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(Reference retrieved automatically from Web of Science through information on FAPESP grant and its corresponding number as mentioned in the publication by the authors.)

Influence of substrate orientation on tadpoles' feeding efficiency

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Author(s):
Annibale, Fabiane Santana [1] ; Tsutae de Sousa, Veronica Thiemi [1] ; de Sousa, Carlos Eduardo [2] ; Venesky, Matthew D. [3] ; Rossa-Feres, Denise de Cerqueira [2] ; Nomura, Fausto [1] ; Wassersug, Richard J. [4]
Total Authors: 7
Affiliation:
[1] Univ Fed Goias, Dept Ecol, BR-74690900 Goiania, Go - Brazil
[2] Univ Estadual Paulista Julio de Mesquite Filho, Dept Zool & Bot, BR-15054000 Sao Jose Do Rio Preto, SP - Brazil
[3] Allegheny Coll, Dept Biol, Meadville, PA 16335 - USA
[4] Univ British Columbia, Dept Cellular & Physiol Sci, Vancouver, BC V6T 1Z3 - Canada
Total Affiliations: 4
Document type: Journal article
Source: BIOLOGY OPEN; v. 8, n. 1 JAN 2019.
Web of Science Citations: 0
Abstract

In nature, tadpoles encounter food on substrates oriented at different angles (e.g. vertically along stems, horizontally on the bottom of the pond). We manipulated the orientation of food-covered surfaces to test how different orientations of surfaces affect tadpoles' feeding efficiency. We studied taxa that differed in the oral morphology of their larvae and position in the water column. We hypothesized that species would differ in their ability to graze upon surfaces at different orientations and that differences in the tadpoles' feeding ability would result in different growth rates. The orientation of food-covered surfaces did not affect the growth rate of bottom-dwelling tadpoles (whose growth rate varied only between species). Among midwater tadpoles, some species appear to have a generalist strategy and experienced a high relative growth rate on numerous substrate orientations, whereas others achieved high growth rates only on flat substrates (i.e. at 0 degrees and 180 degrees). We conclude that oral morphology constrains tadpoles' ability to feed at different substrate orientations, and this could lead to niche partitioning in structurally complex aquatic environments. Because physical parameters of the environment can affect tadpoles' growth rate, characterizing these features might help us better understand how competition structures tadpole assemblages. (AU)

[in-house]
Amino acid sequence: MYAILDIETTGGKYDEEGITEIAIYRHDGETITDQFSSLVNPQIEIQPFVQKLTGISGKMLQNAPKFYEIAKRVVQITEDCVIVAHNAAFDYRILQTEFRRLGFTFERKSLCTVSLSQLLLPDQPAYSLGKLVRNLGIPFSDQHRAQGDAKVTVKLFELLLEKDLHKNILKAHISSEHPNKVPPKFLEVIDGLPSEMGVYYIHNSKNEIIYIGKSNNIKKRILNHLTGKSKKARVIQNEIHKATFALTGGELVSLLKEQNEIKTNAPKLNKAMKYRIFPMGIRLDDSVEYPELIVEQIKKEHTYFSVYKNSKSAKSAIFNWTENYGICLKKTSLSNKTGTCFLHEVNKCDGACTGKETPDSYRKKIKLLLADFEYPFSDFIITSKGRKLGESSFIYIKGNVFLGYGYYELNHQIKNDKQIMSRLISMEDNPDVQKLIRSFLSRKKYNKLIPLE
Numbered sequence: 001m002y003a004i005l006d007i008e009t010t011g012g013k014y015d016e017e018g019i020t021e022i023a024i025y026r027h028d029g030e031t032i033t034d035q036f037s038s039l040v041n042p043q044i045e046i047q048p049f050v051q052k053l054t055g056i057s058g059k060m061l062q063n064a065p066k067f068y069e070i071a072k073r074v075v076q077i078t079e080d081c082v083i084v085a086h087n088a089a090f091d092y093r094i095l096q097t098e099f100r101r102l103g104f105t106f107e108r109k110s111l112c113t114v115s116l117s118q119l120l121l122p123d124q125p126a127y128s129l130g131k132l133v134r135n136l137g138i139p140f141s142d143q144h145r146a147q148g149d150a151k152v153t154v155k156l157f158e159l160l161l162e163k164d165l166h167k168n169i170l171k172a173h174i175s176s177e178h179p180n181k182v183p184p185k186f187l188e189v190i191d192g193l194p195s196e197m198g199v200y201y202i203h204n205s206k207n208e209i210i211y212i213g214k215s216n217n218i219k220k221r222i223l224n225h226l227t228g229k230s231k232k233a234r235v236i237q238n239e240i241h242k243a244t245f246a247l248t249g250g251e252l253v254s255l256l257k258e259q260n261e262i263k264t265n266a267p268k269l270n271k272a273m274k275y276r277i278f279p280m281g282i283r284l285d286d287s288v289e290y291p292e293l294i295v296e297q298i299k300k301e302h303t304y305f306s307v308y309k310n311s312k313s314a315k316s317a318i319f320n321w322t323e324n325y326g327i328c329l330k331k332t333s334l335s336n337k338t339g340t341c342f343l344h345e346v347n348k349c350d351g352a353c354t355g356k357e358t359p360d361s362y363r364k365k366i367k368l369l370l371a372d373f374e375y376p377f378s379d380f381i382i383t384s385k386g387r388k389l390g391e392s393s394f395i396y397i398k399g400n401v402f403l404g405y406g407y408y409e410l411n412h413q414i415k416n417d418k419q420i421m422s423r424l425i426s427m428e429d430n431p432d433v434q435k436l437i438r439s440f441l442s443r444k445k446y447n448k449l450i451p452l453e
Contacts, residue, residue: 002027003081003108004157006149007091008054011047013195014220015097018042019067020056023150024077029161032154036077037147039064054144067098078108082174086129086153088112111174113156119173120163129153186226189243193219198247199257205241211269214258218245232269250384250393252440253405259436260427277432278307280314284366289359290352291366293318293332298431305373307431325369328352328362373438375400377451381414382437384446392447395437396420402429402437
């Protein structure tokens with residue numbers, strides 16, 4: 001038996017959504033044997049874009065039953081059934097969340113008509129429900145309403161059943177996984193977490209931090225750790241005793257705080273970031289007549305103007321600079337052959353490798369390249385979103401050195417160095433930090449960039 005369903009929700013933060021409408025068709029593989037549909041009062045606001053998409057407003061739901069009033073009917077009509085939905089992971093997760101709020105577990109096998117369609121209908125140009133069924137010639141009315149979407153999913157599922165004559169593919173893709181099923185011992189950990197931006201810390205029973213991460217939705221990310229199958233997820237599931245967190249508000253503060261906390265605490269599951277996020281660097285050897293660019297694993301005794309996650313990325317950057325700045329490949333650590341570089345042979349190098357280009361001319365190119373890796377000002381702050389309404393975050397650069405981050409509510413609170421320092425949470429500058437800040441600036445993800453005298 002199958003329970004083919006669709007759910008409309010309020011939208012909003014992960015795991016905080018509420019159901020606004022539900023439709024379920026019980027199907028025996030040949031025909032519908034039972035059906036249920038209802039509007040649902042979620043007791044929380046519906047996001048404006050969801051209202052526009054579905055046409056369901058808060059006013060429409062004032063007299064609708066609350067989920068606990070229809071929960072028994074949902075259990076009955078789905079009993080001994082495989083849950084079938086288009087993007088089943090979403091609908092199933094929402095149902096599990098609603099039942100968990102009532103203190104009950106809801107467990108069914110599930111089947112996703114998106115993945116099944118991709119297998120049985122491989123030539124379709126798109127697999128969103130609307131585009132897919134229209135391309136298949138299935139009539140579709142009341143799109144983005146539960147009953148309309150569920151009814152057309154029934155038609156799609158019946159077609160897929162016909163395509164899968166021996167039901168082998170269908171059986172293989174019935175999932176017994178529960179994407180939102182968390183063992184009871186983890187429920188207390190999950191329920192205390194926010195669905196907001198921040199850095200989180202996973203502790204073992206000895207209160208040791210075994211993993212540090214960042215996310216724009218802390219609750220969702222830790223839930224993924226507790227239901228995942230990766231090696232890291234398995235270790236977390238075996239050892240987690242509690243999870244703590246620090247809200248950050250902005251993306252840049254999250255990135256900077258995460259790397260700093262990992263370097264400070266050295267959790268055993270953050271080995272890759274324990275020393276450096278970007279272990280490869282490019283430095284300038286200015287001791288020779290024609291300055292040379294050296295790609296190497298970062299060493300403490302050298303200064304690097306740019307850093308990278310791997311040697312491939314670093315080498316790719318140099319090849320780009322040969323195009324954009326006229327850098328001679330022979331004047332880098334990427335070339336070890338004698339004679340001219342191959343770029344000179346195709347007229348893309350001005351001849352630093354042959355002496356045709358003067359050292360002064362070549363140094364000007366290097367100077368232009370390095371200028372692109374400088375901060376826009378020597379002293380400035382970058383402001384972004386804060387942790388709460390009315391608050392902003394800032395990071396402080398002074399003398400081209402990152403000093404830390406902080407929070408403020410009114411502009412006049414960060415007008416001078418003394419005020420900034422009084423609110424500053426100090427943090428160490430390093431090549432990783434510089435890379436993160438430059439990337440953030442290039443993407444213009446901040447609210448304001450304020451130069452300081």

FAPESP's process: 10/52321-7 - Diversity and ecology of tadpoles from Central Amazonia
Grantee:Denise de Cerqueira Rossa-Feres
Support type: BIOTA-FAPESP Program - Regular Research Grants